May 7, 2015

Concerns grow over Secret Service

 Concerns grow over Secret Service

Public concern about the Secret Service is increasing as the number of lapses mount

Fewer than half of Americans remain very confident that the Secret Service can protect the President.  The latest Economist/YouGov Poll suggests that confidence has dropped dramatically since the beginning of the Obama Administration – after a series of scandals, including several breaches of White House security, and questions about the proper protection of former Presidents. 
The series of security lapses that has taken a toll includes bullets shot at the White House in 2011 and not discovered until days later, and a man jumping the White House fence last September.  The recent gyro flight into what was supposed to be a secure airspace, the discovery that an alarm system at former President George H. W. Bush’s house had not been working for more than a year, plus active Secret Service agents’ involvement with prostitutes in Colombia during a Presidential trip in 2012 also haven’t helped.  A majority of the public has similar concerns that the agency can protect former Presidents.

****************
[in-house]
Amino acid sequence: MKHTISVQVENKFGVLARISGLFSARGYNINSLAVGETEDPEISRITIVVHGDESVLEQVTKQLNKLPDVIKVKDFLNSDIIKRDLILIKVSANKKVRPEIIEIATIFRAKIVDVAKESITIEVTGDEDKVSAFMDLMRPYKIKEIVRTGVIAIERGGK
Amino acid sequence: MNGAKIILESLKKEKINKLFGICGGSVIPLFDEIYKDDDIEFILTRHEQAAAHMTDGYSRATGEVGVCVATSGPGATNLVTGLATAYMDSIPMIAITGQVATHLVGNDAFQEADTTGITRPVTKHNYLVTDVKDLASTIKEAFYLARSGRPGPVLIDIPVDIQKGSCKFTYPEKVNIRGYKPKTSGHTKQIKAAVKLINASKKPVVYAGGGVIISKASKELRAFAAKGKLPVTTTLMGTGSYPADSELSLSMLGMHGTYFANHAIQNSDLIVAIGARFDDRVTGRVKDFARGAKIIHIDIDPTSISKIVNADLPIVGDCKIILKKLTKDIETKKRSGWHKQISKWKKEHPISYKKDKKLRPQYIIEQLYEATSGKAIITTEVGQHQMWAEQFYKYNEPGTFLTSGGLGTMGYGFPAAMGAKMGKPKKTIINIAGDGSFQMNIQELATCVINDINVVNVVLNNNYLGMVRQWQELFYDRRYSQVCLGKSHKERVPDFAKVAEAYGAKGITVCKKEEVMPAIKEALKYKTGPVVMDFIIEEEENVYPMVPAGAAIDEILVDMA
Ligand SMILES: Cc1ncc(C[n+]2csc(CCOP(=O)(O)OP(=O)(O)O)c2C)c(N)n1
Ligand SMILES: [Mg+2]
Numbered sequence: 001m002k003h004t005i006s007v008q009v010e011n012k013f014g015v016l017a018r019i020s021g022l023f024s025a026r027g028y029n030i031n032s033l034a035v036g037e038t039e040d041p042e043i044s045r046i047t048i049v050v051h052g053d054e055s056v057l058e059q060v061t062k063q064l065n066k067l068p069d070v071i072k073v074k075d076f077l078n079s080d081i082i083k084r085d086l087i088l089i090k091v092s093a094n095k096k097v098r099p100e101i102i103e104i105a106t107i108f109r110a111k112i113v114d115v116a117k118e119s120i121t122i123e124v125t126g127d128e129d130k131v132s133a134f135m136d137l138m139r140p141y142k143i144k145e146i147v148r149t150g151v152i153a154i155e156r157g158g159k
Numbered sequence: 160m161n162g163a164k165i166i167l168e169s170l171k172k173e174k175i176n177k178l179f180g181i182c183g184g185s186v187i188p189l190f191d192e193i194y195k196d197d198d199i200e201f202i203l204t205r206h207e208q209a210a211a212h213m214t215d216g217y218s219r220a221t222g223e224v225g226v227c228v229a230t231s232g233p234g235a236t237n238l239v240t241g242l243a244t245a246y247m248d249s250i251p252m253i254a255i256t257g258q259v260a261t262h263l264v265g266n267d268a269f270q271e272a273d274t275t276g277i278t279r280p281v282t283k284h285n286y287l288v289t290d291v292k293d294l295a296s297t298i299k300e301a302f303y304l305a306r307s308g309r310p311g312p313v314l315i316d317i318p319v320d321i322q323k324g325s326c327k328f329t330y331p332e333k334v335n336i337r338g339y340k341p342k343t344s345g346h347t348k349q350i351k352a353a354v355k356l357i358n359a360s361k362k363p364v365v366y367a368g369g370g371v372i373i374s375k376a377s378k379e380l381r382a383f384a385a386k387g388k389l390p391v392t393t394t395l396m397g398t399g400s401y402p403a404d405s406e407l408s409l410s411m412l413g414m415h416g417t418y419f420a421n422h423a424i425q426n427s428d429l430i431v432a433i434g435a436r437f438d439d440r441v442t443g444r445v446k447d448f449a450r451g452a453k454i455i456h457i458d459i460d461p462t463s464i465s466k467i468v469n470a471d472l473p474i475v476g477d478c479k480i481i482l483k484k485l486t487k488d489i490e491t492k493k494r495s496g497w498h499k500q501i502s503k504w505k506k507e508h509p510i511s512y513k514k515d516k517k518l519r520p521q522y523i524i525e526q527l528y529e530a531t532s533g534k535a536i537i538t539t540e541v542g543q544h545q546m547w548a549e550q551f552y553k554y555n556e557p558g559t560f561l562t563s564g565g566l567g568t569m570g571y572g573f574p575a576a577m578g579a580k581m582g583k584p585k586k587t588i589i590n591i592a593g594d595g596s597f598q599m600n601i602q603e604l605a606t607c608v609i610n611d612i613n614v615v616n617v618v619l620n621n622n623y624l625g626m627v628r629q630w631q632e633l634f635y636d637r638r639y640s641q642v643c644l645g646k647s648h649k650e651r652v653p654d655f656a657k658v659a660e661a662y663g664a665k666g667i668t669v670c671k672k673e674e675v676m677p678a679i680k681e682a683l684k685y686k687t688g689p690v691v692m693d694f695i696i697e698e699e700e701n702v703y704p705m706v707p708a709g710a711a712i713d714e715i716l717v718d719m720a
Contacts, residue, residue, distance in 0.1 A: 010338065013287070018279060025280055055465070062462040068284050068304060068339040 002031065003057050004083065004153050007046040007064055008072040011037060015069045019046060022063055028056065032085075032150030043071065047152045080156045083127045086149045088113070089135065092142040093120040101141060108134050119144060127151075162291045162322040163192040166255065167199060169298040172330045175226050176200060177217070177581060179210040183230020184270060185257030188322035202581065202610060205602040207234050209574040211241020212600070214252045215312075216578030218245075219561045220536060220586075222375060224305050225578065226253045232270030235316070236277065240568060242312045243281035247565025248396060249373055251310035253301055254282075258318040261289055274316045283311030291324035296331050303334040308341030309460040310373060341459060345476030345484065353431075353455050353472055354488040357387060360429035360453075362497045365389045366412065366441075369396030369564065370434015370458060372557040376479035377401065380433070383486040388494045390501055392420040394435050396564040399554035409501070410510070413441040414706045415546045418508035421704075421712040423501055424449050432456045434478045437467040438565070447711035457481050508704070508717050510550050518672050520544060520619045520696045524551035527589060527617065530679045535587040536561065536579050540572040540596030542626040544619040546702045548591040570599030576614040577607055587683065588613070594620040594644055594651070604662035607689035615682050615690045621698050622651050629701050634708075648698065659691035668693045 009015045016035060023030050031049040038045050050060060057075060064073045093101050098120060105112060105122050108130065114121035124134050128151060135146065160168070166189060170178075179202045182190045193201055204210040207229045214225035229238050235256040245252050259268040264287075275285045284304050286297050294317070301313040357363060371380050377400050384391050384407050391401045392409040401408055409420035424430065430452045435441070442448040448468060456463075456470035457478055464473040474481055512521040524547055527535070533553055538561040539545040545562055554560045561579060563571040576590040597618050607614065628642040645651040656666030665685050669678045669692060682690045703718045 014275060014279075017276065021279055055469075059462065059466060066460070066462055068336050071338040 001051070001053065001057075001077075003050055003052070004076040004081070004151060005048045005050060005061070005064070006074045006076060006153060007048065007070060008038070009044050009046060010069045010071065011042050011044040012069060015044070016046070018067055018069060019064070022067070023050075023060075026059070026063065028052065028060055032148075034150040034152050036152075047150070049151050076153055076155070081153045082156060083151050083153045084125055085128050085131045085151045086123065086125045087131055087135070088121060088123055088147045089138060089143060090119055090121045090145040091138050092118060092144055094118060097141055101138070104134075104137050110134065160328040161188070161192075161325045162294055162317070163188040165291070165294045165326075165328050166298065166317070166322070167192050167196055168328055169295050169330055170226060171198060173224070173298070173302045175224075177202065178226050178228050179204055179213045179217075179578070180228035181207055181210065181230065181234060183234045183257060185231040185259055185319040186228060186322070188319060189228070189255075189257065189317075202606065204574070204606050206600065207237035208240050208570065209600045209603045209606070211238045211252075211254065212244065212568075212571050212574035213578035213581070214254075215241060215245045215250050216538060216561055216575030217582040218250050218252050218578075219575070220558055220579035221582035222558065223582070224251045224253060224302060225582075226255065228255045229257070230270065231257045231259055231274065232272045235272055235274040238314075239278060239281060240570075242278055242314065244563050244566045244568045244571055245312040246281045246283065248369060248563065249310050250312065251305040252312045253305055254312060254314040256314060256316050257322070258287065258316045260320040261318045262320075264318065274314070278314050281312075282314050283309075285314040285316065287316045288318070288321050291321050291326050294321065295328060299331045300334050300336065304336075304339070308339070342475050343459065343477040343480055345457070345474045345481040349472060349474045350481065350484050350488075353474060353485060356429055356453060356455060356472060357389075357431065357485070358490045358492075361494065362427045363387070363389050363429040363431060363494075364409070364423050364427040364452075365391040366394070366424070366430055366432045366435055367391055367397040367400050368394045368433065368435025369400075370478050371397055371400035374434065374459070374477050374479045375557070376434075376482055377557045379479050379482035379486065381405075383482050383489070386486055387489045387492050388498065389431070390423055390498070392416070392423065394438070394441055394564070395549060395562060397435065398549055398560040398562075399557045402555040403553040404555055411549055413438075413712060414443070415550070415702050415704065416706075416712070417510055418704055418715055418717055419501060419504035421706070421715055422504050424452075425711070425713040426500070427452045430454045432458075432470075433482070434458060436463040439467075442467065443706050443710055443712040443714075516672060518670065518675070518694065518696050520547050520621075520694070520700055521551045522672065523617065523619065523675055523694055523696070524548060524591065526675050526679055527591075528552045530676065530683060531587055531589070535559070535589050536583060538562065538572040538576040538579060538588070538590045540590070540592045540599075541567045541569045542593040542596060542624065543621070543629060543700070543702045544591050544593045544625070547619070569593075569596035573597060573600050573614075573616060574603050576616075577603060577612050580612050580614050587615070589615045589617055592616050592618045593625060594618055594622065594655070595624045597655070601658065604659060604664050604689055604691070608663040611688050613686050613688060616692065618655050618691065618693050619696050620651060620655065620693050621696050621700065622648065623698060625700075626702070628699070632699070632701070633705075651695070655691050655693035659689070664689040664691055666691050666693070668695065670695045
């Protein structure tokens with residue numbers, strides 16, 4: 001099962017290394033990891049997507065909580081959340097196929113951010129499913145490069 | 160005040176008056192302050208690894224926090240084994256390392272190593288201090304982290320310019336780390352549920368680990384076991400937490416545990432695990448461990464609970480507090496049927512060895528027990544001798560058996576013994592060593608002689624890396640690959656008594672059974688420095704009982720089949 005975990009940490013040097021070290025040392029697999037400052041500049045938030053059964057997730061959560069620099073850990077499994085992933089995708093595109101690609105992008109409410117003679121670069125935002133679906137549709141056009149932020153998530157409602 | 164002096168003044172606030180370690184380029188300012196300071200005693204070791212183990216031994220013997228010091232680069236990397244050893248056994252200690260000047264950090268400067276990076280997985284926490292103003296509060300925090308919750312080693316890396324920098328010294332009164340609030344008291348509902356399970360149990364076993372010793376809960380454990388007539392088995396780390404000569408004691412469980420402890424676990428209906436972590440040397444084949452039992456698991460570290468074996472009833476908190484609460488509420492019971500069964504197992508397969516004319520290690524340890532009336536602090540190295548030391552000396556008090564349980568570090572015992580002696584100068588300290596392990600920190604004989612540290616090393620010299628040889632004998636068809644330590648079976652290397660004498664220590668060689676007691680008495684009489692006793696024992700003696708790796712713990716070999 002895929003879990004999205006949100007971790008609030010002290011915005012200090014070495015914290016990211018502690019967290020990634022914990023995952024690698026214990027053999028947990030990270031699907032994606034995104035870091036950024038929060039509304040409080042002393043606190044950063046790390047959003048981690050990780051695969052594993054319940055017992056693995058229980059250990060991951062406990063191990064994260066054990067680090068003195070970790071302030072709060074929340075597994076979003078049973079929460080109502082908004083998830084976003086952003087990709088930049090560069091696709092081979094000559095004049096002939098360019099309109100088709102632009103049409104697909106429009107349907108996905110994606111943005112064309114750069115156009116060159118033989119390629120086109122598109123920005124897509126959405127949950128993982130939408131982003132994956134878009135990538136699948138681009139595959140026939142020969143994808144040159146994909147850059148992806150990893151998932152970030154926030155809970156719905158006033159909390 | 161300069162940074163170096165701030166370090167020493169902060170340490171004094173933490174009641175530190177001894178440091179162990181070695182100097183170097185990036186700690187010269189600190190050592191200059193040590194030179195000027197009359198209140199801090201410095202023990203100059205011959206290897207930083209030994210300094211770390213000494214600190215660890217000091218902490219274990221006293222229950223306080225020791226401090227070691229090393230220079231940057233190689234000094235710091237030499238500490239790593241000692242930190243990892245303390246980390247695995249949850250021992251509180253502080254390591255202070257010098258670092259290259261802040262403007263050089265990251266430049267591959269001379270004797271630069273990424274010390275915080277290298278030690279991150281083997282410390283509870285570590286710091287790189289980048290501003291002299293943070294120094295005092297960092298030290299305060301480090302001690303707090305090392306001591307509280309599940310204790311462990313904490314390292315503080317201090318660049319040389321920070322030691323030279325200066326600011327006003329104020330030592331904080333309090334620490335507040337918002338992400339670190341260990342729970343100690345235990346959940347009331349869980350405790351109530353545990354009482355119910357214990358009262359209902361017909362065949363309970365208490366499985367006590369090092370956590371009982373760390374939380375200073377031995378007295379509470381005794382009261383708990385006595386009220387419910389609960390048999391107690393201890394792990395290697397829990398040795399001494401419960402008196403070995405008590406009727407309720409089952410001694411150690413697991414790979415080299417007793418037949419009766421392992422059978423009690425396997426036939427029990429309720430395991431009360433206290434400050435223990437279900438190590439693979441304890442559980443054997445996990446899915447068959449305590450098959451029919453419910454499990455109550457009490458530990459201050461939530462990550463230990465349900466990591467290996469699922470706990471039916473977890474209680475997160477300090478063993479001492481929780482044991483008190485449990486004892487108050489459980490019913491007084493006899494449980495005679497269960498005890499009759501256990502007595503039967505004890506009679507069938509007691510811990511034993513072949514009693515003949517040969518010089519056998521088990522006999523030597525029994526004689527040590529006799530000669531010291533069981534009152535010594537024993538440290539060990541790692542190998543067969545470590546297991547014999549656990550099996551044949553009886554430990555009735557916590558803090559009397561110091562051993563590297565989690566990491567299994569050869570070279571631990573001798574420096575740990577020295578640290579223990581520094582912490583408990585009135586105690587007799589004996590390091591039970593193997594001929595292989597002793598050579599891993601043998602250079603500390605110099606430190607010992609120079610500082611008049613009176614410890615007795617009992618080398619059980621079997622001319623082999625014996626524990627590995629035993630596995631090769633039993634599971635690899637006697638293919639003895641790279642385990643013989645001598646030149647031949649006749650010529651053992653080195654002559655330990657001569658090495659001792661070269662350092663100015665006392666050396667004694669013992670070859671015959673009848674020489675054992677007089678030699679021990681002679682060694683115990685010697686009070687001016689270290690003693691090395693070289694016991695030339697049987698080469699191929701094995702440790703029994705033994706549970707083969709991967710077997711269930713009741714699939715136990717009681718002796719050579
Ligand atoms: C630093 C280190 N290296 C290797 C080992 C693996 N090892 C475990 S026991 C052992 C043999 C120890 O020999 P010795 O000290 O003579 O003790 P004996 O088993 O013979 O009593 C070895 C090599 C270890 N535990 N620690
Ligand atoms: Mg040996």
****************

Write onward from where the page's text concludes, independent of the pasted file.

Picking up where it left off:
Doubts about the Secret Service are bi-partisan.  Republicans and Democrats express similar positions.  Africans-Americans are the most worried: just one third say they are very confident the Secret Service can protect this President from harm.   
As time goes on and the security issues have piled up, the public has become more likely to see them as part of a broader problem with the agency.   Even as recently as last fall, the Pew Research Center found that Americans were just as likely to see the cases as isolated instances when security was compromised.  In this week’s poll, twice as many think of them as part of a broader problem with the Secret Service. 
Once again, there is bipartisan agreement.  Both Democrats and Republicans don’t believe the instances are isolated ones. 
The hiring of Colombian prostitutes by Secret Service agents and the breach of the White House fence by a man carrying a knife appear to be the two most notable incidents, with 71% and 78% respectively remembering hearing about them.  Fewer (38%) are now aware of what happened in 2011, when bullets shot at the White House were not found for days.  Even fewer (28%) had heard about the recently-reported incident involving former President Bush’s security system.
There is still at least a fair amount of confidence that the Secret Service can turn things around.  Most have at least that much confidence the agency can improve the job it does of providing security to Presidents.  Democrats and Republicans generally agree.
However, the agency has a way to go.  In this week’s poll, just over a third give the Secret Service an excellent or good rating when it comes to how it does its job.  Nearly two in three say it does at best a fair job, with nearly a quarter describing its performance as poor.

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